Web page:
8

For example: In the following code, how and where is the number '10' used for the comparison stored?

#include<stdio.h>
#include<conio.h>

int main()
{
    int x = 5;
    if (x > 10)
        printf("X is greater than 10");
    else if (x < 10)
       printf("X is lesser than 10");
    else
        printf("x = 10");
    getch();
    return 0;
}

Pardon me for not giving enough details. Instead of initializing 'x' directly with '5', if we scan and get it from the user we know how memory is allocated for 'x'. But how memory is allocated for the literal number '10' which is not stored in any variable?

6
  • 2
    Not related to your code, but "X is less than 10" is the grammatically-correct way to say that. – cjm Sep 4 '15 at 21:27
  • Aside: "By the language", not at all. That's a job for implementors to figure out. – user1084944 Sep 5 '15 at 4:11
  • Aside #2: Your question should probably be present in your question, even if it happens to be in the title too. – user1084944 Sep 5 '15 at 4:12
  • x is declared, what do you actually mean? And what do you mean with "entity"? Please read about declaration and definition. These have well-defined meanings, not only in C. – too honest for this site Sep 5 '15 at 13:17
  • 1
    @BasileStarynkevitch I would assume it's because this is asking about the technical implementation details of a language, rather than about code quality or design trade-offs for software written in that language. – Ixrec Sep 5 '15 at 13:42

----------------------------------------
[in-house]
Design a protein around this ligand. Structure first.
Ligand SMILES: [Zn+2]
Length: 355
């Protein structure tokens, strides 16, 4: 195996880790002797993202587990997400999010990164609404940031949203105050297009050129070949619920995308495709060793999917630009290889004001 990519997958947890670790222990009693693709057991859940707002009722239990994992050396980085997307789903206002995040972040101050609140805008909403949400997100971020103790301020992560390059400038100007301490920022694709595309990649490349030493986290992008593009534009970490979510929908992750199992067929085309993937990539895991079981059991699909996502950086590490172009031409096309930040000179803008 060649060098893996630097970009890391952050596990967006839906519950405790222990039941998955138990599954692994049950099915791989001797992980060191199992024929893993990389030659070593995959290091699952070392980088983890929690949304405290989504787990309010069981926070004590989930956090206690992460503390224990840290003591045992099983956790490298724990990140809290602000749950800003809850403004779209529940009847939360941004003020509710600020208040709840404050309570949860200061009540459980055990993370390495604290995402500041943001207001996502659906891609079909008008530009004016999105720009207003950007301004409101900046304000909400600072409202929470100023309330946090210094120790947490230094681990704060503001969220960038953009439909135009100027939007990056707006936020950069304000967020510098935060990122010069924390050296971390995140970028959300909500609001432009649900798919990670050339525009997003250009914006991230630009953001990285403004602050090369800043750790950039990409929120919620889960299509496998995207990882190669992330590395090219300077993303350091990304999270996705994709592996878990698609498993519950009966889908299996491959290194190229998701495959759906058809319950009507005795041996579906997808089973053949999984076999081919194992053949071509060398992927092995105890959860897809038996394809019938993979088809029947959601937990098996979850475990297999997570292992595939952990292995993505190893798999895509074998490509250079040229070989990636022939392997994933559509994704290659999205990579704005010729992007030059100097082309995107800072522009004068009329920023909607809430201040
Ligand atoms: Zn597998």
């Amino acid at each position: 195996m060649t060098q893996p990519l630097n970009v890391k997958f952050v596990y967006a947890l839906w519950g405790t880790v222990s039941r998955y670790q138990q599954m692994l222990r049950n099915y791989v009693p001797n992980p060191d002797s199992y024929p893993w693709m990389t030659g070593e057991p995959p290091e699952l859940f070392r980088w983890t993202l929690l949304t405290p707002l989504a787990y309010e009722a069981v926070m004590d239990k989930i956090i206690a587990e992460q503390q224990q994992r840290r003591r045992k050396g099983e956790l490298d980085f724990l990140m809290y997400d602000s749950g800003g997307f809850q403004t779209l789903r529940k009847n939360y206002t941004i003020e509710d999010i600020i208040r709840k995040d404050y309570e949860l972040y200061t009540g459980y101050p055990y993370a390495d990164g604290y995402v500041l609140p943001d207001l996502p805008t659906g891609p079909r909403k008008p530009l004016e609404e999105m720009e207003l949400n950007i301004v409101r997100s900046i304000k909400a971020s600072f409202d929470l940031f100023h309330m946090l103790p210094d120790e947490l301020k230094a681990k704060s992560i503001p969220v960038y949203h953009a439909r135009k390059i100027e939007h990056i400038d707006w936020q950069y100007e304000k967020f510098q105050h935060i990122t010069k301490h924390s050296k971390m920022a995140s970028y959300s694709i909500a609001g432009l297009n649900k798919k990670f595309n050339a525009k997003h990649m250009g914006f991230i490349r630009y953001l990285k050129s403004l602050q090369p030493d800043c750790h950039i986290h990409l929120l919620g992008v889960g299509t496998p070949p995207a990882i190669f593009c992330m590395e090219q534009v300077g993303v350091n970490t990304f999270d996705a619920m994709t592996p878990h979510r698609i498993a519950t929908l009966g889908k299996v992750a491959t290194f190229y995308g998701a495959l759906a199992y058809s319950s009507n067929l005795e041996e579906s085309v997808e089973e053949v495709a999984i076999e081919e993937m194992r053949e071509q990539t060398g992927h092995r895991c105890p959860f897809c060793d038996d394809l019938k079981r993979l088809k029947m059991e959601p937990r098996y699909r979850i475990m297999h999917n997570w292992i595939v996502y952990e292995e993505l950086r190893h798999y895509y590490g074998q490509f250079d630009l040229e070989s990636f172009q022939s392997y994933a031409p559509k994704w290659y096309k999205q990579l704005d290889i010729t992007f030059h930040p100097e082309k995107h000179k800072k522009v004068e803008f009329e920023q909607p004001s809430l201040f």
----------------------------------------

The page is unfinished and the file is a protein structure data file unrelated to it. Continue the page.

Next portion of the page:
32

In your particular code, x is initialized to 5 and is never changed. An optimizing compiler is able to constant fold and propagate that information. So it probably would generate the equivalent of

int main() {
 printf("X is lesser than 10");
 getch();
 return 0;
}

notice that the compiler would also have done dead code elimination.

So both constants 5 and 10 would have disappeared.

BTW, <conio.h> and getch are not in standard C99 or C11. My Linux system don't have them.

In general (and depending upon the target processor's instruction set and the ABI) small constants are often embedded in some single machine code instruction (as an immediate operand), as Kilian answered. Some large constants (e.g. floating point numbers, literal strings, most const global or static arrays and aggregates) might get inserted and compiled as read only data in the code segment (then the constant inside machine register-load instructions would be an address or some offset relative to PC for PIC); see also this. Some architectures (e.g. SPARC, RISC-V, ARM, and other RISC) are able to load a wide constant in a register by two consecutive instructions (loading the constant in two parts), and this impacts the relocation format for the linker (e.g. in object files and executables, often in ELF).

I suggest to ask your compiler to emit assembler code, and have a glance at that assembler code. If using GCC (e.g. on Linux, or with Cygwin or MinGW) try to compile with gcc -Wall -O -fverbose-asm -S ; on my Debian/Linux system if I replace getch by getchar in your code I am getting: